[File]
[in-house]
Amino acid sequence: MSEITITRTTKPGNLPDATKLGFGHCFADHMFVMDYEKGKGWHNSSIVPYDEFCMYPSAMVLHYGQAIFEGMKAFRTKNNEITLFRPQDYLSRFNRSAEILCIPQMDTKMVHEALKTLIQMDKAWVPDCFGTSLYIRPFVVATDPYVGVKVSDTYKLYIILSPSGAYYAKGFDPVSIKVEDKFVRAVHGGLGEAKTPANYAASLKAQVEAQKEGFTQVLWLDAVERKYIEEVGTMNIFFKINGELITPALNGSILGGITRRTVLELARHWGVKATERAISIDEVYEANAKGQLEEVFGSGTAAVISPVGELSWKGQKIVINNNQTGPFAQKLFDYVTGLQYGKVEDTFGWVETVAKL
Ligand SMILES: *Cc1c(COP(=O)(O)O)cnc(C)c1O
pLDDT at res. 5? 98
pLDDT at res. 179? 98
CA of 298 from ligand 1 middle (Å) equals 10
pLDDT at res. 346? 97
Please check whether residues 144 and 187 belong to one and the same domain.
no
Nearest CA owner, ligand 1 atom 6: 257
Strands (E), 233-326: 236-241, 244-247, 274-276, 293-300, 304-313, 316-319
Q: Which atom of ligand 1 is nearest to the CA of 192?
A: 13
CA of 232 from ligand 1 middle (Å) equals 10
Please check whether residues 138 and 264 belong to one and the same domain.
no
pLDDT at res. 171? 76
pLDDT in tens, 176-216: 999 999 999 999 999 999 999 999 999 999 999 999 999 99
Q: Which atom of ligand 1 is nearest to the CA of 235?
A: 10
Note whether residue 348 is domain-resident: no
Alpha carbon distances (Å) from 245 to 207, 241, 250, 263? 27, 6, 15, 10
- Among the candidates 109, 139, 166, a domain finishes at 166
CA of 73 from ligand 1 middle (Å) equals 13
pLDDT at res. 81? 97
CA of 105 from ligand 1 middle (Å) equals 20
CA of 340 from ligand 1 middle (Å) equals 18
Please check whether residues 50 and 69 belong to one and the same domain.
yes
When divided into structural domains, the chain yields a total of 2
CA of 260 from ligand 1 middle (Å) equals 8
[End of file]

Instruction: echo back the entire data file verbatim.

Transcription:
[in-house]
Amino acid sequence: MSEITITRTTKPGNLPDATKLGFGHCFADHMFVMDYEKGKGWHNSSIVPYDEFCMYPSAMVLHYGQAIFEGMKAFRTKNNEITLFRPQDYLSRFNRSAEILCIPQMDTKMVHEALKTLIQMDKAWVPDCFGTSLYIRPFVVATDPYVGVKVSDTYKLYIILSPSGAYYAKGFDPVSIKVEDKFVRAVHGGLGEAKTPANYAASLKAQVEAQKEGFTQVLWLDAVERKYIEEVGTMNIFFKINGELITPALNGSILGGITRRTVLELARHWGVKATERAISIDEVYEANAKGQLEEVFGSGTAAVISPVGELSWKGQKIVINNNQTGPFAQKLFDYVTGLQYGKVEDTFGWVETVAKL
Ligand SMILES: *Cc1c(COP(=O)(O)O)cnc(C)c1O
pLDDT at res. 5? 98
pLDDT at res. 179? 98
CA of 298 from ligand 1 middle (Å) equals 10
pLDDT at res. 346? 97
Please check whether residues 144 and 187 belong to one and the same domain.
no
Nearest CA owner, ligand 1 atom 6: 257
Strands (E), 233-326: 236-241, 244-247, 274-276, 293-300, 304-313, 316-319
Q: Which atom of ligand 1 is nearest to the CA of 192?
A: 13
CA of 232 from ligand 1 middle (Å) equals 10
Please check whether residues 138 and 264 belong to one and the same domain.
no
pLDDT at res. 171? 76
pLDDT in tens, 176-216: 999 999 999 999 999 999 999 999 999 999 999 999 999 99
Q: Which atom of ligand 1 is nearest to the CA of 235?
A: 10
Note whether residue 348 is domain-resident: no
Alpha carbon distances (Å) from 245 to 207, 241, 250, 263? 27, 6, 15, 10
- Among the candidates 109, 139, 166, a domain finishes at 166
CA of 73 from ligand 1 middle (Å) equals 13
pLDDT at res. 81? 97
CA of 105 from ligand 1 middle (Å) equals 20
CA of 340 from ligand 1 middle (Å) equals 18
Please check whether residues 50 and 69 belong to one and the same domain.
yes
When divided into structural domains, the chain yields a total of 2
CA of 260 from ligand 1 middle (Å) equals 8